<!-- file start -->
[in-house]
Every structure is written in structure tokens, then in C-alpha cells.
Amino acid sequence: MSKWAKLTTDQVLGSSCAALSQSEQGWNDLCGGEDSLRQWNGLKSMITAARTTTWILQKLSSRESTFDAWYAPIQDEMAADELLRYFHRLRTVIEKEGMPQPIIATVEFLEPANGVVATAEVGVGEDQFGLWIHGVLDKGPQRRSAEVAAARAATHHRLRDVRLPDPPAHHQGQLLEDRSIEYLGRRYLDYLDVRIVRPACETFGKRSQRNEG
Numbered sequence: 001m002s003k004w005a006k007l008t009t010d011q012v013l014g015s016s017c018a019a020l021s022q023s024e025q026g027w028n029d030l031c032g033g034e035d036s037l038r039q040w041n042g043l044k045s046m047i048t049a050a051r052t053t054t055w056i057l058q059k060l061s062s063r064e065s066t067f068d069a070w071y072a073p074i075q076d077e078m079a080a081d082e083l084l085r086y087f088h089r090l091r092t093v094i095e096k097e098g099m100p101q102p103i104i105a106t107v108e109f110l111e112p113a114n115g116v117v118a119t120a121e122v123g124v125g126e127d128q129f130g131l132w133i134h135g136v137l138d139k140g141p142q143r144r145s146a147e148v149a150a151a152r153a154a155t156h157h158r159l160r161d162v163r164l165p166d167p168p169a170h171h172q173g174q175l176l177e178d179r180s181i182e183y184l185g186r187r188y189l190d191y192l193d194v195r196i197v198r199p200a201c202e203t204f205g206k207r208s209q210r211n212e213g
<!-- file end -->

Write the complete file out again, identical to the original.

[in-house]
Every structure is written in structure tokens, then in C-alpha cells.
Amino acid sequence: MSKWAKLTTDQVLGSSCAALSQSEQGWNDLCGGEDSLRQWNGLKSMITAARTTTWILQKLSSRESTFDAWYAPIQDEMAADELLRYFHRLRTVIEKEGMPQPIIATVEFLEPANGVVATAEVGVGEDQFGLWIHGVLDKGPQRRSAEVAAARAATHHRLRDVRLPDPPAHHQGQLLEDRSIEYLGRRYLDYLDVRIVRPACETFGKRSQRNEG
Numbered sequence: 001m002s003k004w005a006k007l008t009t010d011q012v013l014g015s016s017c018a019a020l021s022q023s024e025q026g027w028n029d030l031c032g033g034e035d036s037l038r039q040w041n042g043l044k045s046m047i048t049a050a051r052t053t054t055w056i057l058q059k060l061s062s063r064e065s066t067f068d069a070w071y072a073p074i075q076d077e078m079a080a081d082e083l084l085r086y087f088h089r090l091r092t093v094i095e096k097e098g099m100p101q102p103i104i105a106t107v108e109f110l111e112p113a114n115g116v117v118a119t120a121e122v123g124v125g126e127d128q129f130g131l132w133i134h135g136v137l138d139k140g141p142q143r144r145s146a147e148v149a150a151a152r153a154a155t156h157h158r159l160r161d162v163r164l165p166d167p168p169a170h171h172q173g174q175l176l177e178d179r180s181i182e183y184l185g186r187r188y189l190d191y192l193d194v195r196i197v198r199p200a201c202e203t204f205g206k207r208s209q210r211n212e213g